Putting The Accent On Humour

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A recent study revealed that the accents that comedians have might play a part in their success with audiences at comedy gigs. 51 per cent of people polled thought that the London Cockney accent added to the comic delivery, which might explain why so many London comedians are big stars, selling out arenas night after night. 

Other accents that seem to work well for comedians are Liverpudlian, which polled 50% and Glaswegian, which polled 48%. So it was all pretty close for those regional voices.

Not such good news though if you are posh and want to become a comedian. Received Pronunciation or the Queen’s English with 6% was found to add the least to punchlines.

So it seems as if it's not just what you say, its the way that you say it. To be honest I found this quite a surprise. Surely we are listening to the words, not the sound of the words? 

Surely it's the actual words and their meaning that make us laugh. I would not place a bet on a comedian being funny just because I was told they were a cockney. If you want to place bets there are other places to go to rather than comedy clubs like this microgaming slot.

A witty pun or some clever wordplay is a witty pun or clever wordplay whether the person saying it comes from Hackney in East London or Harrogate in North Yorkshire.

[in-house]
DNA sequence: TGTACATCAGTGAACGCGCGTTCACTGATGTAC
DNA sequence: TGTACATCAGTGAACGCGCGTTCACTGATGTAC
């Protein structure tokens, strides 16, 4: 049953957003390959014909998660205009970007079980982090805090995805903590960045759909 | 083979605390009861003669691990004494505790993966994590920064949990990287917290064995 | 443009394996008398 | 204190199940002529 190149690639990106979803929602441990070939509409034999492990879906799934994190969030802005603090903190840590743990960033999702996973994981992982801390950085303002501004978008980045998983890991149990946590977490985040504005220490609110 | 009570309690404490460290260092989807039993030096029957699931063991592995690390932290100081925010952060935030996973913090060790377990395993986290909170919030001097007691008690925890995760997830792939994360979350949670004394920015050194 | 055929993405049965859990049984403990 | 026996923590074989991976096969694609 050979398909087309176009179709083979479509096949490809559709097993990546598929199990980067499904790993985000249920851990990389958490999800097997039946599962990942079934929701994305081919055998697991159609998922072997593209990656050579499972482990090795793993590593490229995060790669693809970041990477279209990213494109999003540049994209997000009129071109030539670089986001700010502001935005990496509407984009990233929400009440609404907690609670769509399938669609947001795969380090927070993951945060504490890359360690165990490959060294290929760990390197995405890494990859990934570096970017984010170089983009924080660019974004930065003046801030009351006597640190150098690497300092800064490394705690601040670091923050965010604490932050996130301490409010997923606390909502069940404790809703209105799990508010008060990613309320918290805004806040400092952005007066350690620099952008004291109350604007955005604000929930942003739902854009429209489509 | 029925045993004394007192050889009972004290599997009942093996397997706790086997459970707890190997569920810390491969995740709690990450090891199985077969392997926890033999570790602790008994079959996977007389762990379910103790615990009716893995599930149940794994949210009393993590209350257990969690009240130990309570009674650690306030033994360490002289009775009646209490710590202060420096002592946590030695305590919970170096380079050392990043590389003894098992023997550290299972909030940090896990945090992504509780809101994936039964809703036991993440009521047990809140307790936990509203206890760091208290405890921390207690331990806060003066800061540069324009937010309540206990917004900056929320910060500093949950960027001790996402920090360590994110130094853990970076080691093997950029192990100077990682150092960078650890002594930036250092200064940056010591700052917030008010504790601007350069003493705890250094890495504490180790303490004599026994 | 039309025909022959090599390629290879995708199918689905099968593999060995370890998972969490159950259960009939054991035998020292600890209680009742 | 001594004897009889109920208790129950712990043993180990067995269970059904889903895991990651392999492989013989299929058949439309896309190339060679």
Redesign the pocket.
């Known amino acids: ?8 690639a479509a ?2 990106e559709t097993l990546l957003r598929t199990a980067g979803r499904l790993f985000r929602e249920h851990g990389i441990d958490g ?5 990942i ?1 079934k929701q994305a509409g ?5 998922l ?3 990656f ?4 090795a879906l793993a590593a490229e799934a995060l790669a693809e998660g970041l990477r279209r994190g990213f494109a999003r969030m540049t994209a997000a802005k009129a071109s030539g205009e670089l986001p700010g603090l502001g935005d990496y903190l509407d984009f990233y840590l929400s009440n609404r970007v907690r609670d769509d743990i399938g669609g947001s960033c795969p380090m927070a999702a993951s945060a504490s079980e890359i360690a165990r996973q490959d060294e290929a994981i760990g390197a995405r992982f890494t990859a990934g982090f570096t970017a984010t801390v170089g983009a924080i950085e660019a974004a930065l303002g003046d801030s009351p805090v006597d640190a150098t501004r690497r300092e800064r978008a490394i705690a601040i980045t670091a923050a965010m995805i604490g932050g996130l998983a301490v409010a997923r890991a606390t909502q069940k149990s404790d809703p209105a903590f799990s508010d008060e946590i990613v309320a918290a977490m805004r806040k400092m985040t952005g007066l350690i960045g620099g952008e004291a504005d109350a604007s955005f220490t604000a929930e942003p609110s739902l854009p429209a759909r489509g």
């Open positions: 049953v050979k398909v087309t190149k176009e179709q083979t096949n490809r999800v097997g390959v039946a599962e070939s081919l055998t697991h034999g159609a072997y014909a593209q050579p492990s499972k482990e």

But it appears that I'm wrong. I guess stand-up comedy is more subtle than that. There are nuances to the human voice that can aid the delivery of a joke. Otherwise people would be out of a job and robots could stand onstage and sell out the 02 Arena.

I think the survey only looked at UK accents, which is a shame because I'm a big fan of comedians with American accents. As long as the comedians are American of course. Faking an accent is another matter entirely and you've got to be very good to pull that off.

I do remember there was once an English comedian who performed with a Welsh accent because he thought it was more suited to comedy. Nobody ever twigged it was fake but on the other hand he eventually reverted to his own accent. We can never know if he would have been more or less successful if he had sounded as if he came from Cardiff.

Maybe an accent is important because it is one of the first things you notice when a comedian starts their act. They say that first impressions count on a date and that you can tell whether a date is going to work out in the first 30 seconds and the same is probably the case with a performer.

Once someone starts speaking maybe the audience unconsciously makes their mind up about whether they are going to enjoy their act before they have even got to the punchline of the first joke.

Stand-up comedy can be a cruel business and an impatient one. Once an audience decides it does not like you it is very hard to turn things round. I go to a lot of club gigs where I've seen major acts popping in to try out material and I've even seen primetime comedians have a hard time in clubs when they are trying out new material.

l review comedy and I like to think that I've never given anyone a bad review because of their accent. But who knows? Things go on in our brain as we process material that we may never be aware of. Maybe it's their accent that made me give someone a bad review and I did not even realise it. Then again maybe it was their shoes. Or maybe their hairstyles. I keenly await a new survey saying that hair colour has an effect on whether you laugh at a comedian. Maybe blondes have more funnies.

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